Balancing Act

Home page Description: 
New intervention improves confidence and independence in patients with spinal cord injury.
Image Caption: 
Spinal cord injuries disrupt communication between the brain and body. These injuries can be categorized as complete or incomplete, depending on the amount of sensation and motor function that is preserved.

UHN researchers have created a unique rehabilitation program that can help some of the 86,000 Canadians that live with a spinal cord injury achieve greater independence.

Spinal cord injuries can be ‘complete’—leading to the total loss of movement control at and below the site of injury—or ‘incomplete’—when some ability to move is retained.

Individuals living with an incomplete spinal cord injury can regain some standing and walking abilities; however, they often have trouble balancing, which makes it difficult for them to stand without support and puts them at a high risk of falling.

To address this issue, a team led by Drs. Kristin Musselman and Kei Masani, researchers at the KITE Research Institute, explored whether a new balance training program could improve perceived standing ability and confidence in individuals with an incomplete spinal cord injury.

This study builds on previous research in which the team evaluated the innovative four-week balance training program. The program involves balance exercises combined with performance feedback, which is displayed on a computer monitor. During the exercises, electrical stimulation is applied to the ankle muscles to induce contractions that help the participants maintain balance. Repeated exercise with muscle stimulation helps to retrain the nervous system to achieve greater balance control (Front Neurol., 2020).

“Our initial study showed that this program improves balance, but it did not give us any insights into whether the participants felt that the program was beneficial,” explains Dr. Musselman. “It is important to consider the perceived benefits of a training program to ensure that the programs we are developing are meaningful to patients. Patients are more likely to participate in rehabilitation if they find it valuable.”

To explore participants’ perspectives, the researchers interviewed five individuals who completed the training program. The participants answered questions about their goals and expectations, and how the program impacted their life, balance confidence and risk of falling.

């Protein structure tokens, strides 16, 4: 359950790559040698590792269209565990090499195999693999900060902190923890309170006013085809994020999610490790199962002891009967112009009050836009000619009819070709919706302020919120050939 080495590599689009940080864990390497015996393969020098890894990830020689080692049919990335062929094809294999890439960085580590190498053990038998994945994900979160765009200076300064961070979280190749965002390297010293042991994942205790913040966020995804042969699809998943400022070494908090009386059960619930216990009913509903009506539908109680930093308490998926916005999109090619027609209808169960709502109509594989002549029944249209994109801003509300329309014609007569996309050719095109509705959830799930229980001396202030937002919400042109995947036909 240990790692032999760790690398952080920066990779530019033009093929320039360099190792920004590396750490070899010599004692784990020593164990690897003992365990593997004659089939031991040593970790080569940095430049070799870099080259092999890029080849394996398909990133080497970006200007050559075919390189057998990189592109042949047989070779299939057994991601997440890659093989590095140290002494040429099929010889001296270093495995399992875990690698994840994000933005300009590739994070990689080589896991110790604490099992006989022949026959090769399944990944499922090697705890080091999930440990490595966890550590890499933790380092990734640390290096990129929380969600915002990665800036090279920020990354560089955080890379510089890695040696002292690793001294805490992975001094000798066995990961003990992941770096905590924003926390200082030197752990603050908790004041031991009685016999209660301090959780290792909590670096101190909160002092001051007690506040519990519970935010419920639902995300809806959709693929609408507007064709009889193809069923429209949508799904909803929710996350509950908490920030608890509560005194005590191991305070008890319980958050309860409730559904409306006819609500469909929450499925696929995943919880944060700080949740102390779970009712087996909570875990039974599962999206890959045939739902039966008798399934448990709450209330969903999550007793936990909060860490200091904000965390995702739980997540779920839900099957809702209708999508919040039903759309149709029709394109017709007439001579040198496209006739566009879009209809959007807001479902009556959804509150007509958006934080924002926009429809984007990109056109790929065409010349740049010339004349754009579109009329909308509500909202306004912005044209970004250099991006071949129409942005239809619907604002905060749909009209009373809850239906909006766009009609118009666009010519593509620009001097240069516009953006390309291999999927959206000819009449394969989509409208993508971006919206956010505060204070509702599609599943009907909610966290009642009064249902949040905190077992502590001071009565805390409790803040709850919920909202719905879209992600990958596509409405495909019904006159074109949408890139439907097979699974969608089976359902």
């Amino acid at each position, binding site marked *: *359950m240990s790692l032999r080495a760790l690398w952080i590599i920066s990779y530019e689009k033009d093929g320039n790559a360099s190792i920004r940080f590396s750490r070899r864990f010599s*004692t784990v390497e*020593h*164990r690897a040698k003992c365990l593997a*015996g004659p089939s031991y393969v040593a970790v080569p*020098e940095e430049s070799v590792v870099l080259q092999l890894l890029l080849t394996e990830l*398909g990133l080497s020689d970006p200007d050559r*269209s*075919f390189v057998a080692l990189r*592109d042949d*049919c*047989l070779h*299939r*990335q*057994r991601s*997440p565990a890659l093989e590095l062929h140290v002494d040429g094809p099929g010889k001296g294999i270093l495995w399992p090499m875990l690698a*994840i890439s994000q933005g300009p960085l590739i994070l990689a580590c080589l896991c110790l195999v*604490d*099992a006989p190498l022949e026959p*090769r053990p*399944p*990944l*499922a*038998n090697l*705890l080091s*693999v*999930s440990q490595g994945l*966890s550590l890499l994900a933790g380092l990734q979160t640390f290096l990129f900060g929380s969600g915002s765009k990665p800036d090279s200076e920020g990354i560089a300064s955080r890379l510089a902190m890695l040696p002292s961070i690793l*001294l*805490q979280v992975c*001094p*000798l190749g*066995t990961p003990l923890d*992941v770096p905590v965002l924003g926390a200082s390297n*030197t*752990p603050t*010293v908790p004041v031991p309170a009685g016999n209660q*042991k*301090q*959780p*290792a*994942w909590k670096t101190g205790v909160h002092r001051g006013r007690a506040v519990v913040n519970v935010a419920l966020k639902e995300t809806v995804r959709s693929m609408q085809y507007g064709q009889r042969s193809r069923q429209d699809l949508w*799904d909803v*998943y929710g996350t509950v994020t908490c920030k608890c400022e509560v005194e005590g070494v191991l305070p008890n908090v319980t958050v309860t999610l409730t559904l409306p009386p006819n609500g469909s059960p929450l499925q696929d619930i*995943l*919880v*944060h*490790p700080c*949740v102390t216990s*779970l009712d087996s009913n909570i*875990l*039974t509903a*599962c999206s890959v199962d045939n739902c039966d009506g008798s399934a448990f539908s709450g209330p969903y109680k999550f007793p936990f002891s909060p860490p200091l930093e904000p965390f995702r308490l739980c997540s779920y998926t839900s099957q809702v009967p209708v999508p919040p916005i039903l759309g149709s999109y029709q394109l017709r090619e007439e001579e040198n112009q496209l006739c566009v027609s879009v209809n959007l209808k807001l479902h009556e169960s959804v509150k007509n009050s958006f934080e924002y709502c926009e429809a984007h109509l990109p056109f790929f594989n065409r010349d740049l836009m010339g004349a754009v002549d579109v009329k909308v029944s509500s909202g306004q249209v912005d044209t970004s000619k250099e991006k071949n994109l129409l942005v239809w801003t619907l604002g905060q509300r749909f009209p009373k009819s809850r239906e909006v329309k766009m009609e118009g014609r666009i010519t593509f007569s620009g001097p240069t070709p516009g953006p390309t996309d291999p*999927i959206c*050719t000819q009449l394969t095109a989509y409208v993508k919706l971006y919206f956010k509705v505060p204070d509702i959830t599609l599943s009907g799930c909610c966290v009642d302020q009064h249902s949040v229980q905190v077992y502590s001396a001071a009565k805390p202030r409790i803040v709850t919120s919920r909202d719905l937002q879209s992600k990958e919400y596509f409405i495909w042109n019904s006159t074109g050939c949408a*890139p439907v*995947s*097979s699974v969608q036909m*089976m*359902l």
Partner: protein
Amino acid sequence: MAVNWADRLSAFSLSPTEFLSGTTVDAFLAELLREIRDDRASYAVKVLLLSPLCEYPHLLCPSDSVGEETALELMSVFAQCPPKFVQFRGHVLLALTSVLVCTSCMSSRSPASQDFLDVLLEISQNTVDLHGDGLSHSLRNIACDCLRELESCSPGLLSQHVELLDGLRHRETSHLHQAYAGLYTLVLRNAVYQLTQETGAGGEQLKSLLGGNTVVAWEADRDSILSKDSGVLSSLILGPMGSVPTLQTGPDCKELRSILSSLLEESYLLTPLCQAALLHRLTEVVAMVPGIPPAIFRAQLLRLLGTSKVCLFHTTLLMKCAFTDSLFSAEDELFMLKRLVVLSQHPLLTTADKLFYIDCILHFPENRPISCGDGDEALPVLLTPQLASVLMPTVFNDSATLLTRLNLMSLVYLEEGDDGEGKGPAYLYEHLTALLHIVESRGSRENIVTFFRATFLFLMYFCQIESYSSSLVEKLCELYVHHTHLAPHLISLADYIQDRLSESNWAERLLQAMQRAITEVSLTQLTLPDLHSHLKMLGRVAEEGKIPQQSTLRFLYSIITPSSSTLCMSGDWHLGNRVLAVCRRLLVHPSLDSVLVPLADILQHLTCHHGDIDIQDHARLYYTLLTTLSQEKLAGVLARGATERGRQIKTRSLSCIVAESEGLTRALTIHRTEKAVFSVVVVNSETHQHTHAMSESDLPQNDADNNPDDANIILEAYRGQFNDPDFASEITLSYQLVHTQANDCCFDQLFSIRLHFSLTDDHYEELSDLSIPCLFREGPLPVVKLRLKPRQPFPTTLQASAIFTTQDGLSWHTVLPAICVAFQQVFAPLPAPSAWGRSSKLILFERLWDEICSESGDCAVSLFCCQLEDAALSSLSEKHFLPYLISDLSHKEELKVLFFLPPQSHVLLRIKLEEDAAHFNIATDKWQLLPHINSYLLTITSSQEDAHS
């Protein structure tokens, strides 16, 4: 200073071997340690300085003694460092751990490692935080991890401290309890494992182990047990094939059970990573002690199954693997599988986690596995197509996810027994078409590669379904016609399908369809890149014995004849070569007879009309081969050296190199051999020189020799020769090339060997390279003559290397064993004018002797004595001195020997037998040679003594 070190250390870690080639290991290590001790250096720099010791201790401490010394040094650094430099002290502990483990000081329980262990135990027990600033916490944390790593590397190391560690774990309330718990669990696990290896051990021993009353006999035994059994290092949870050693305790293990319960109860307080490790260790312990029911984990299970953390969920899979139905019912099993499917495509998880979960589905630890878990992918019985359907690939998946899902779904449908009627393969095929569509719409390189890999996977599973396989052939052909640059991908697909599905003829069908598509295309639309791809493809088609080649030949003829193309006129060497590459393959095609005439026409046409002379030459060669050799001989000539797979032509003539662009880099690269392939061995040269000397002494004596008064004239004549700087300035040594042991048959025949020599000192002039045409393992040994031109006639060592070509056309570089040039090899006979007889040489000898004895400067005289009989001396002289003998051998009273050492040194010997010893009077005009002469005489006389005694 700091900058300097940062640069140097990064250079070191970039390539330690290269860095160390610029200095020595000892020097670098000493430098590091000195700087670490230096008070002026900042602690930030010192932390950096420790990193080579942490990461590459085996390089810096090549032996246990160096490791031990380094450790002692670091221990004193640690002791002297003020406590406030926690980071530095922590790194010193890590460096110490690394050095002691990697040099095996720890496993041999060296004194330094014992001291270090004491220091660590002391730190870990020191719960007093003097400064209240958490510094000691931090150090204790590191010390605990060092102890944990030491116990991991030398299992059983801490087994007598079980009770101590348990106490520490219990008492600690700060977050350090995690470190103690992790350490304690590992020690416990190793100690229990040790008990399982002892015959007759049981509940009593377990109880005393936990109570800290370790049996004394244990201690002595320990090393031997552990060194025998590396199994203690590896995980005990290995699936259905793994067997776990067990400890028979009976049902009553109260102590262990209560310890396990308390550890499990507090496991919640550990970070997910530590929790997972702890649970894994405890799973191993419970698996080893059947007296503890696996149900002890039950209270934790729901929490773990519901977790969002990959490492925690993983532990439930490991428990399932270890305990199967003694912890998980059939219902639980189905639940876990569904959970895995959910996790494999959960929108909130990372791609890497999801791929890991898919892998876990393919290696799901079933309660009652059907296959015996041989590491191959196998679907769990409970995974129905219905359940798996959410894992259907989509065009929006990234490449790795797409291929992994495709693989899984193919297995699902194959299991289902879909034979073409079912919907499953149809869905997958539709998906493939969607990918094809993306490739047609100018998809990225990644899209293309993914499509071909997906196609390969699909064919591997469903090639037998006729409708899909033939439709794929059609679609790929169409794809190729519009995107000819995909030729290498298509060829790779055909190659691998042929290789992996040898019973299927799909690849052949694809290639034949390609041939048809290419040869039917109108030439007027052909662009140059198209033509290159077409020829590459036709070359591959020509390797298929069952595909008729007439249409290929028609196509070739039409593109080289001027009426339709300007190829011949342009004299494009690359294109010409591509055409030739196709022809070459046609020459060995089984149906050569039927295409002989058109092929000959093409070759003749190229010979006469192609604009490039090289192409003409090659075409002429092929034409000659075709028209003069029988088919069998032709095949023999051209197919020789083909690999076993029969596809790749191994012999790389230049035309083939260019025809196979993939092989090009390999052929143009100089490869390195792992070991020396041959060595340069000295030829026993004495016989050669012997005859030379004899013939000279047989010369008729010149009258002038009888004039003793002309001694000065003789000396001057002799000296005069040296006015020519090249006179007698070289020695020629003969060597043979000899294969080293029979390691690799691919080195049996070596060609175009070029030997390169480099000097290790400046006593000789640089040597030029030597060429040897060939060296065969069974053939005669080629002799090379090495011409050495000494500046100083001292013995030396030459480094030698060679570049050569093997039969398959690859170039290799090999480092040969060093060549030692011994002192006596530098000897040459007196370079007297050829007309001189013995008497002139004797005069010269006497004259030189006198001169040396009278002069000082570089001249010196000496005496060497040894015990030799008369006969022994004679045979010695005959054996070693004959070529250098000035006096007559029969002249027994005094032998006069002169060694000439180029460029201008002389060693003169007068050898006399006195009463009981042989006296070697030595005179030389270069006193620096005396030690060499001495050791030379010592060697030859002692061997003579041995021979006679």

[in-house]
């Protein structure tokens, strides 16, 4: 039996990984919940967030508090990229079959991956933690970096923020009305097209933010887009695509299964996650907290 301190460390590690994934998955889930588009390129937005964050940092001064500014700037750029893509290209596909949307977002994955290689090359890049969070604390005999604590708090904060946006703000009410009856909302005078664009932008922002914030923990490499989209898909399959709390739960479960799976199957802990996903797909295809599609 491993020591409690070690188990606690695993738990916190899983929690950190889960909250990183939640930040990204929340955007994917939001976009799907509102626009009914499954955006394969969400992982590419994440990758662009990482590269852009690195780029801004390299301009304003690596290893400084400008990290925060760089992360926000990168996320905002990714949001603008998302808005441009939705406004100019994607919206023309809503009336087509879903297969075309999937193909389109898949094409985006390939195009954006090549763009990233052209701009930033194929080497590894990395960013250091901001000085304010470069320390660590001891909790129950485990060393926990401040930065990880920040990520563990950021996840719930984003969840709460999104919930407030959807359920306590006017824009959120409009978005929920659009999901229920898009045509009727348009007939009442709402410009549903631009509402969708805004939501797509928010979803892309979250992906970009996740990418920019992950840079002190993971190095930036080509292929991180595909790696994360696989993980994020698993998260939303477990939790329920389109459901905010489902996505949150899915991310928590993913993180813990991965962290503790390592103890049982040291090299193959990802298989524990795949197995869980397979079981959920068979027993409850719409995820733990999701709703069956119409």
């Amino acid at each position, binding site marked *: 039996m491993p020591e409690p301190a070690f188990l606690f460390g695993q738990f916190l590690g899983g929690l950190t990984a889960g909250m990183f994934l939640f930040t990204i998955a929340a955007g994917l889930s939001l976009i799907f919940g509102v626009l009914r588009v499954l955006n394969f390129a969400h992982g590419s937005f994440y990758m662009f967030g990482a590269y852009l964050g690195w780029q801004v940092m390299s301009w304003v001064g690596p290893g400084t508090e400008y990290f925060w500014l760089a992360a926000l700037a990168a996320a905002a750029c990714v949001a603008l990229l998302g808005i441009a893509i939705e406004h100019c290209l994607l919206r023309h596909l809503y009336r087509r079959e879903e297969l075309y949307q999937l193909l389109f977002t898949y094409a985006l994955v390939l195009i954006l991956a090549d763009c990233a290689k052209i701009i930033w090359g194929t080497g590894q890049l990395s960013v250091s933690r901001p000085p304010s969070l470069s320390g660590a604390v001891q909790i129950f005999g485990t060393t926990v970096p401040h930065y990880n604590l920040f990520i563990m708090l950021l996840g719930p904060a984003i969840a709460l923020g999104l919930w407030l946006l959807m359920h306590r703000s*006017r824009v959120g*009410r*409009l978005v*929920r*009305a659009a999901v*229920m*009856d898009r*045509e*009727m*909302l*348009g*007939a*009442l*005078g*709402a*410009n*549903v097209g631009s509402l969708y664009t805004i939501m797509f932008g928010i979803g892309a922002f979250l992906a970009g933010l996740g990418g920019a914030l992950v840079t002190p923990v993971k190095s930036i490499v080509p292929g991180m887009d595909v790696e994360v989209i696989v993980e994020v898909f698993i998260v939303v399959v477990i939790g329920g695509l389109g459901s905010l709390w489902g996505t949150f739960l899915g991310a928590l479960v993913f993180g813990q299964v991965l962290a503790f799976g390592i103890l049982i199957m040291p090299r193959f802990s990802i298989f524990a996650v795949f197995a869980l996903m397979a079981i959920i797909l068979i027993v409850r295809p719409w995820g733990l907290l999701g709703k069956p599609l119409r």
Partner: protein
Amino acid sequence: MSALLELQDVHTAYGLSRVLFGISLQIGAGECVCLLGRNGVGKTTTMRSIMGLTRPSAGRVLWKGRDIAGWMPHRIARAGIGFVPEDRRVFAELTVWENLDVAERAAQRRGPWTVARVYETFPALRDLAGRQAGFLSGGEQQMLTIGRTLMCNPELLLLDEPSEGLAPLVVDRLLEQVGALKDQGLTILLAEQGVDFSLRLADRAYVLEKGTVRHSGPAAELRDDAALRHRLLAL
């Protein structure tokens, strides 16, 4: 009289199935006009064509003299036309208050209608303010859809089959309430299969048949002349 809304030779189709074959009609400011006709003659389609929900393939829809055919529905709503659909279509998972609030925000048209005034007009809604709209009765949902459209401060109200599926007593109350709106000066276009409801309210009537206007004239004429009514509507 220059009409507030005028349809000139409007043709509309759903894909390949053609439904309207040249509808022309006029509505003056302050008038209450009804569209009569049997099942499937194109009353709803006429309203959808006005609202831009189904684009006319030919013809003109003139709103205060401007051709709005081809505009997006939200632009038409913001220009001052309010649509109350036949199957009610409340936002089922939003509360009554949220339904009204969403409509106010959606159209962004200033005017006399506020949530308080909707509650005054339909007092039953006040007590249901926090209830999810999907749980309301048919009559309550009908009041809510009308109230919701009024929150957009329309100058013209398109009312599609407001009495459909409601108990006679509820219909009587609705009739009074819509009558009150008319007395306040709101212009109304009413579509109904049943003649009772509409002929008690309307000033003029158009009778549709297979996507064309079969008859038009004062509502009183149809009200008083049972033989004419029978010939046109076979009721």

Participants reported that the program increased their range of motion and muscle strength and decreased muscle spasms and pain. They also reported feeling more independent and better able to complete daily tasks such as cooking, self-dressing and using the washroom.

Importantly, participants gained confidence in their physical abilities and became more willing to try new activities. They also felt that they could continue to improve and were motivated to carry on with balance training.

“We knew that our balance training program benefits patients physically, but now we see that it also benefits them psychologically,” says Dr. Musselman. “This program can help individuals with an incomplete spinal cord injury gain the confidence needed to be more independent and carry out meaningful daily activities.”

Although this rehabilitation program is not yet available in clinics, the researchers have recently received funding to develop a new version of it that is appropriate for clinical practice. They hope to test this new program in patients with spinal cord injury, as well as stroke, in the next few years. 

This work was supported by the University of Toronto EMHSeed Program and the UHN Foundation.

Houston DJ, Unger J, Lee JW, Masani K, Musselman KE. Perspectives of individuals with chronic spinal cord injury following novel balance training involving functional electrical stimulation with visual feedback: a qualitative exploratory study. J Neuroeng Rehabil. 2021 Apr 1. doi: 10.1186/s12984-021-00861-z.

Dr. Kristin Musselman (L) is a Scientist at the KITE Research Institute. Dr. Kei Masani (R) is a Senior Scientist at the KITE Research Institute.